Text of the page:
Living Wage – Sokoin’s Story10 months ago
October 2016, Phnom Penh
At the age of 24, Sokoin is already a veteran in her field. She has been employed at footwear and garment factories since she was 16, the legal working age in Cambodia.
Sokoin is bright, engaged, and takes an active interest in her rights at work. She keeps tabs on the high-profile wage negotiations that happen every year, getting information through Facebook and radio broadcasts and sharing it with her colleagues. She folds her monthly payslips into neat little squares and keeps them on her at all times, ready to pull out and compare with her friends who work at different factories in Phnom Penh. She knows her way around a payslip. As part of her training at the factory, she was taught how to read a statement and double-check the calculations.
Last month, Sokoin earned 186 USD. The current minimum wage isn’t enough to cover her expenses, so she must work overtime to meet her financial obligations. She spends 50 USD on rent and utilities for the tiny apartment she shares with her sister. Being the youngest daughter in a family of nine, Sokoin has a responsibility to send a significant portion of her wages – about 100 USD per month – back home to her parents. This leaves just 36 USD leftover to buy food from the nearby market. Sokoin makes sacrifices to her personal spending so that she can put a tiny amount away each month into savings. A wage increase would lessen Sokoin’s burden and allow her to pursue an education.
Many of Cambodia’s 700,000-plus garment workers feel trapped inside the industry, and with little room to advance their careers and few transferrable skills, many indeed are. But not Sokoin. She followed her sister to Phnom Penh from their village in Kampong Cham province (about 130km away) not just for the money a factory job promises, but to begin a personal journey. For her, Cambodia’s capital is a hub of ideas and opportunities. Sokoin likes living in a modern city. She likes the independence. Being a garment worker was never Sokoin’s aspiration; she has always seen it as a stepping stone to something else. Her ultimate goal is to become a journalist.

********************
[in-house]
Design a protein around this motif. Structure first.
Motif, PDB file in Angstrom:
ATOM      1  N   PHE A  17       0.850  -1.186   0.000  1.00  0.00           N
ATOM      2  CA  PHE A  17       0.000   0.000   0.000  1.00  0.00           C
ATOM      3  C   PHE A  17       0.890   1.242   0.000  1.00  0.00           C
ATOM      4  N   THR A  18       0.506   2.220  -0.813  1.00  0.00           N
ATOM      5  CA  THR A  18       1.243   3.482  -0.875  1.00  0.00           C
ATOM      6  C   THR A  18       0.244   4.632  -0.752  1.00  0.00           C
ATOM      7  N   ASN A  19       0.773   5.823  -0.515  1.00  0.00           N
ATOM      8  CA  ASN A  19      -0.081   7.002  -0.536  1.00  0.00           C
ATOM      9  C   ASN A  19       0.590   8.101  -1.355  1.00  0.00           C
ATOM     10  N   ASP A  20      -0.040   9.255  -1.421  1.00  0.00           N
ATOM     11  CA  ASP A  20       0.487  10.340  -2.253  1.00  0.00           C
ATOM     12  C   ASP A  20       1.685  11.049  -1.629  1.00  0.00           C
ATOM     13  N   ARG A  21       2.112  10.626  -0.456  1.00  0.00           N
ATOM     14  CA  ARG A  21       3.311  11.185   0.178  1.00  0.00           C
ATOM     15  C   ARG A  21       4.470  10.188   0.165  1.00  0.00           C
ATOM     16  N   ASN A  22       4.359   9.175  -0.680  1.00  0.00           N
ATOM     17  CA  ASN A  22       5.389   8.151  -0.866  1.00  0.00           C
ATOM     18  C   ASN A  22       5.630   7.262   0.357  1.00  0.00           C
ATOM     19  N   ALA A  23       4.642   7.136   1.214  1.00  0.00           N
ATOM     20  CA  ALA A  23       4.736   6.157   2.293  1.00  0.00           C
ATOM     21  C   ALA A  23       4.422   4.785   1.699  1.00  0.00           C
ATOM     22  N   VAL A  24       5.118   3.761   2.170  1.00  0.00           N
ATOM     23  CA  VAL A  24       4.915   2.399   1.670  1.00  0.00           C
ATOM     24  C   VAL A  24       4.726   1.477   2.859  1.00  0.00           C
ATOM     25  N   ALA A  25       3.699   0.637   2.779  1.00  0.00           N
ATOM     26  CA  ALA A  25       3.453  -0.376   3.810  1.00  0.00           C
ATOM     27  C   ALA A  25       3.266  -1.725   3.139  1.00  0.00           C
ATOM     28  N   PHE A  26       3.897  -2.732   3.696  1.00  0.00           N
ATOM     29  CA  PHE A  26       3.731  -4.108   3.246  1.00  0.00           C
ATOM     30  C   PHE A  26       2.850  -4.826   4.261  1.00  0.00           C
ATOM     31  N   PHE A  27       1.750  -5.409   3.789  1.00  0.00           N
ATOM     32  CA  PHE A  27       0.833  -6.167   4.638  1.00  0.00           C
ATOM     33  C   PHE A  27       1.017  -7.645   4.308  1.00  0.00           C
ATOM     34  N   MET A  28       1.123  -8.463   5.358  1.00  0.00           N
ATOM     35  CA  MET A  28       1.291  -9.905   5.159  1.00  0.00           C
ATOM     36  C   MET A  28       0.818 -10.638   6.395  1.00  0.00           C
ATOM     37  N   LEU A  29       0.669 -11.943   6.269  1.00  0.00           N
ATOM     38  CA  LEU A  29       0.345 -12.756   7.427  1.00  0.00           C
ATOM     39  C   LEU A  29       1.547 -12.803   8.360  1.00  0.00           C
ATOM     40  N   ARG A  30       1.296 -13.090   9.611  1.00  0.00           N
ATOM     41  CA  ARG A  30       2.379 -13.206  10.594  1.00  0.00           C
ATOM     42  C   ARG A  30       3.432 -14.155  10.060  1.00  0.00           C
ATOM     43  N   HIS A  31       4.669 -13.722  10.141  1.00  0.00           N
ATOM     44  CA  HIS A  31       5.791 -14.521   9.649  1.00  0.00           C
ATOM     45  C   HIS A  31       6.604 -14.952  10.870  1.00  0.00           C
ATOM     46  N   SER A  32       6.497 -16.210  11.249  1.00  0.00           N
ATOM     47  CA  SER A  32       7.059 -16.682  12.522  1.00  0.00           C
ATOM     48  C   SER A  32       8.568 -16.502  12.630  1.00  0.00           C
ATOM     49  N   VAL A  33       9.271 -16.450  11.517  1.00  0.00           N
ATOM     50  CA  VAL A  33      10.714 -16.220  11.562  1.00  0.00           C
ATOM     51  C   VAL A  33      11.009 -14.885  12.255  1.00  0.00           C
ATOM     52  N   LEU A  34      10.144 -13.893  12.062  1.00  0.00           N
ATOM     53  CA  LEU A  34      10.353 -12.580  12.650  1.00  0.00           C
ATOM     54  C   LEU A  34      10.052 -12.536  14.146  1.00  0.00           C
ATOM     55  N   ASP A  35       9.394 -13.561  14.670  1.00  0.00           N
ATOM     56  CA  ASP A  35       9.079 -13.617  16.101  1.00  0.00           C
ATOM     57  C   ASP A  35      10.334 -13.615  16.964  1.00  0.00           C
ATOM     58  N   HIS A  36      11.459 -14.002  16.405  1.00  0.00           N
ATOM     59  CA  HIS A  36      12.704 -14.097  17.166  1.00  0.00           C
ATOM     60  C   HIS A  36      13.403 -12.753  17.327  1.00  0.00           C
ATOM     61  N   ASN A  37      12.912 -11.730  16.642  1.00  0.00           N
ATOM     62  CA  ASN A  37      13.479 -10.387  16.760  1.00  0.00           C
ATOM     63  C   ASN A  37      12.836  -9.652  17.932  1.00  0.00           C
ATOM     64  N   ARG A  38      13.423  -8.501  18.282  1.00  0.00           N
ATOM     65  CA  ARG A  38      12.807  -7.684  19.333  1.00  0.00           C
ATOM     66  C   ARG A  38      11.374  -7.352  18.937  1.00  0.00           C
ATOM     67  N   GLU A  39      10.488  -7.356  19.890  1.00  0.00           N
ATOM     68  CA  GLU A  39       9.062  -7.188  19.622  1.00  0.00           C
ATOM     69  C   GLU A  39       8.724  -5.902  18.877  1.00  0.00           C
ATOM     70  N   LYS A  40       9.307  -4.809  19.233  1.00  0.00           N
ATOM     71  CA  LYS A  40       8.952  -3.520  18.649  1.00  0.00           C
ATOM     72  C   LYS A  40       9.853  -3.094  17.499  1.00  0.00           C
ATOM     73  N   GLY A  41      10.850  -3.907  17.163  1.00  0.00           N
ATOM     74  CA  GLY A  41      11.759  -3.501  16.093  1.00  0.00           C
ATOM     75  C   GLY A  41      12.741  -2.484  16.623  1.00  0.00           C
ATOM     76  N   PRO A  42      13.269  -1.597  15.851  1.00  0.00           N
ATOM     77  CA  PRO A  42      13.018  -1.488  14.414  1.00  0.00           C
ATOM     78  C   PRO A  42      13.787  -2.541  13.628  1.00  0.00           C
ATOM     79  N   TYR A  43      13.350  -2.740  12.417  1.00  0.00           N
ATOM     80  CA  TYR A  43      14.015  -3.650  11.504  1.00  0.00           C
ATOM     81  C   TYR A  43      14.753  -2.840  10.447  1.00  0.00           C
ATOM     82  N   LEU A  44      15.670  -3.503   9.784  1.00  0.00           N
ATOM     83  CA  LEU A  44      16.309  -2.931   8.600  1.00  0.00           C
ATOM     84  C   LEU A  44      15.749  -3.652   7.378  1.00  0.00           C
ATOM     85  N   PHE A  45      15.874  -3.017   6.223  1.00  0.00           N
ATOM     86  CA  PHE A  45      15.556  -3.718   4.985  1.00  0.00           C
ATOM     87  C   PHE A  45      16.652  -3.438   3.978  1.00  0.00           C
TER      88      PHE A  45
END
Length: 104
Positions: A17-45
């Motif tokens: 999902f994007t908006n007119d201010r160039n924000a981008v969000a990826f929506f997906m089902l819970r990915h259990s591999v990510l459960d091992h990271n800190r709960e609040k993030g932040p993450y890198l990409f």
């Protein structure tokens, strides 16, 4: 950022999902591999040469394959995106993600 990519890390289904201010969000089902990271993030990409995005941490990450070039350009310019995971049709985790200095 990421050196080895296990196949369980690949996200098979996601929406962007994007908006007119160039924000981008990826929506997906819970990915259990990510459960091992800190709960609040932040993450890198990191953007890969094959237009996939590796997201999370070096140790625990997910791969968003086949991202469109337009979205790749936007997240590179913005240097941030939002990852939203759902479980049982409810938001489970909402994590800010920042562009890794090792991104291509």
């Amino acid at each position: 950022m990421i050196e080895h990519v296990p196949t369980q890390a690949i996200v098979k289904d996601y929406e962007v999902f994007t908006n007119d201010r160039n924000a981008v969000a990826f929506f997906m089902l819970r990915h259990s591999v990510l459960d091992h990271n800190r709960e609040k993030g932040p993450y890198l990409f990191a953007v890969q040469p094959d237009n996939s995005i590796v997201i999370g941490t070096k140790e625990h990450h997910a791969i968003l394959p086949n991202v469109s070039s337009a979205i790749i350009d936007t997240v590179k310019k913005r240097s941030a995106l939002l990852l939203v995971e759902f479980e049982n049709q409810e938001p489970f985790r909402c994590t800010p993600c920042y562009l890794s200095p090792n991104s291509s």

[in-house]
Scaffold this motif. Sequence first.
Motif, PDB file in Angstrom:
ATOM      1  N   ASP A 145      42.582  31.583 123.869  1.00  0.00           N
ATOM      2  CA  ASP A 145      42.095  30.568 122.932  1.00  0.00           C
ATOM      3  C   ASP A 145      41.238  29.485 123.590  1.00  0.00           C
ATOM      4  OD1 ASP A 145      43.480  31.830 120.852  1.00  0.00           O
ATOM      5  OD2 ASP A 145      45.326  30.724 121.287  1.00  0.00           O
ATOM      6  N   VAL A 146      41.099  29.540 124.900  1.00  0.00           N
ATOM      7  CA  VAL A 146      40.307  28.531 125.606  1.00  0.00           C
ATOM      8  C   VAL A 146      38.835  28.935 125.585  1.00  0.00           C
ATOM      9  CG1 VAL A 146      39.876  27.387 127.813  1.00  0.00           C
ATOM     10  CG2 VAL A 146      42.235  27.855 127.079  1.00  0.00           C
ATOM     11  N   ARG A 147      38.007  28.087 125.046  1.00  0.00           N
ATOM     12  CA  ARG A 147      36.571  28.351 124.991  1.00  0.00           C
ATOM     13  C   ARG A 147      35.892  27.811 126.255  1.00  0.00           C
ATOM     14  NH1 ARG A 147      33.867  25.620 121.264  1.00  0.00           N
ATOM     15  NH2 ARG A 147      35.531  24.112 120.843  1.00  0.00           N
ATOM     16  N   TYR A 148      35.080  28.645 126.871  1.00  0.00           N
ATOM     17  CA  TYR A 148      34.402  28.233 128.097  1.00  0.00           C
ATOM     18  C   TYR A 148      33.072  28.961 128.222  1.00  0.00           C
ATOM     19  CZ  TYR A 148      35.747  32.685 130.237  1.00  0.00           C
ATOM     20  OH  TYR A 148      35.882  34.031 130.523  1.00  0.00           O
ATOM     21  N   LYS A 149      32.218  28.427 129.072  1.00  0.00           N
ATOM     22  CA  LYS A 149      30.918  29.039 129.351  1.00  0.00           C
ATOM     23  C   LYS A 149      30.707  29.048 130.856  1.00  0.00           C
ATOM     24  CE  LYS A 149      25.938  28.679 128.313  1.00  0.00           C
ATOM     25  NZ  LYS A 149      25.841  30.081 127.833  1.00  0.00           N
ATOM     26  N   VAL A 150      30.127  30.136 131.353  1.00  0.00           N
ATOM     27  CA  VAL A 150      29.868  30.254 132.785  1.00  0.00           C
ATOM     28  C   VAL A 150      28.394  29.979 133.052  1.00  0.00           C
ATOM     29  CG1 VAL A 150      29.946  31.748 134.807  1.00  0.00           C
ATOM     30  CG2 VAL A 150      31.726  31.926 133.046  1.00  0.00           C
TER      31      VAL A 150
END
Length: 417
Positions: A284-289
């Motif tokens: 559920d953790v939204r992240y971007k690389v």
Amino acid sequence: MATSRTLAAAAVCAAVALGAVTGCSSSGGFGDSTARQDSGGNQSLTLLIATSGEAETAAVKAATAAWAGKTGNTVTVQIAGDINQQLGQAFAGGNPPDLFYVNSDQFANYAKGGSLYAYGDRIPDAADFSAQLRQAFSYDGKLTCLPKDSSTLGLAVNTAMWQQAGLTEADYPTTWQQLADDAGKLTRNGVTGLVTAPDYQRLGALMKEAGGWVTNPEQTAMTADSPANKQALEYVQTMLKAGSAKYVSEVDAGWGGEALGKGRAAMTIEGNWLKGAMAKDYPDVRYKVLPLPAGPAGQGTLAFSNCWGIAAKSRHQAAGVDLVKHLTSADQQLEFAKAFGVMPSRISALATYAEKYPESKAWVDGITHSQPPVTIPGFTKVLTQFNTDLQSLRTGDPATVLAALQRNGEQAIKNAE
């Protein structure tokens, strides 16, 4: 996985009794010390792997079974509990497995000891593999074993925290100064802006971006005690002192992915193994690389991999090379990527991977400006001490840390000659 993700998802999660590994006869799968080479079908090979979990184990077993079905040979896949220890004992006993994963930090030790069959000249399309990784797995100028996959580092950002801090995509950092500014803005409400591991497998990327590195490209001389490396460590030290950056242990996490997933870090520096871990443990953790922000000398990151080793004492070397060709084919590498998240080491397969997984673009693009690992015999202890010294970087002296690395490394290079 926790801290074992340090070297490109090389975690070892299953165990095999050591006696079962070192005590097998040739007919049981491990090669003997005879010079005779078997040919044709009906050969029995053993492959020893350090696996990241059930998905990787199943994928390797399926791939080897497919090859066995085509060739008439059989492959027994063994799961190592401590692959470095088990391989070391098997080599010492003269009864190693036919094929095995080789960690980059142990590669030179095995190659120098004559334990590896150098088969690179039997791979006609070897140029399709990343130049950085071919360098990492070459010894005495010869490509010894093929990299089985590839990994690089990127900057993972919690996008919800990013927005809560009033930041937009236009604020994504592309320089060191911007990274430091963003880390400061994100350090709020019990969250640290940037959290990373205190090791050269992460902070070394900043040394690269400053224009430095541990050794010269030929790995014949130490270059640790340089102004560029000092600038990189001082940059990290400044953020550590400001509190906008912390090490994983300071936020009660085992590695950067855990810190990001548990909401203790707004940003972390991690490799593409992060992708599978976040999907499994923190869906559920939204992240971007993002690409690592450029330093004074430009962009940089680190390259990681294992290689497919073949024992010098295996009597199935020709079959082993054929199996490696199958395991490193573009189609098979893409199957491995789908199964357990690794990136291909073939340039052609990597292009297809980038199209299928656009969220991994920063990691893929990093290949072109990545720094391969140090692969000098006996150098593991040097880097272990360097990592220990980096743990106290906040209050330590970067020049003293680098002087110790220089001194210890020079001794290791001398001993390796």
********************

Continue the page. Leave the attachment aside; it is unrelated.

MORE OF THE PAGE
“I don’t want to be a garment worker for the rest of my life.”
January 2017, Phnom Penh –
The next time I see Sokoin, three months on, she’s busy at her new laptop, teaching herself to use the keyboard by retyping articles from an English-language newspaper. Sokoin has done what many garment workers in Cambodia can only dream of: she quit her job and started studying. She is the first from her family to attend university, and this is her first time using a computer.
Sokoin is taking a course in social work. She is still passionate about journalism, but now she’s more focused on advocating for vulnerable groups, including garment workers. She used her small amount of savings to cover the first semester’s tuition, which cost 300 USD. She receives a small stipend from the university, 30 USD per month, to support her living costs. In return, she helps with lesson planning and cleans the classroom. It’s barely enough to live off, and with no more savings left from her eight-year career as a factory worker, Sokoin isn’t sure how she’s going to pay next semester’s fees.
But she’s happy to be studying and on the path to a new life. Her passion for education is apparently infectious: one of her friends, a union rep, has recently enrolled in law school, and another friend, also a former garment worker, is now applying for military school.
Sokoin volunteers at the Worker’s Information Center, an outreach service for garment workers, which allows her to stay informed about wage negotiations. She worries about the friends she left behind in the factory, that they will be discouraged from speaking up now that she – the vocal one, the fearless one – is gone. She wonders about her boss, if he made any salary cuts this month. She misses the small things about her old job, like the routine of greeting her colleagues and taking attendance each morning. Whenever she walks past the factory, she wants to go inside and say hello.
Sokoin is lucky that her family are supportive of her decision to study. Her old boss at the garment factory has been similarly encouraging, although her supervisor tried to persuade her to stay. Sometimes Sokoin thinks of going back to the factory; but for now, her focus is firmly on her education.
For more information about Sokoin’s life, please contact Claudio Montesano Casillas.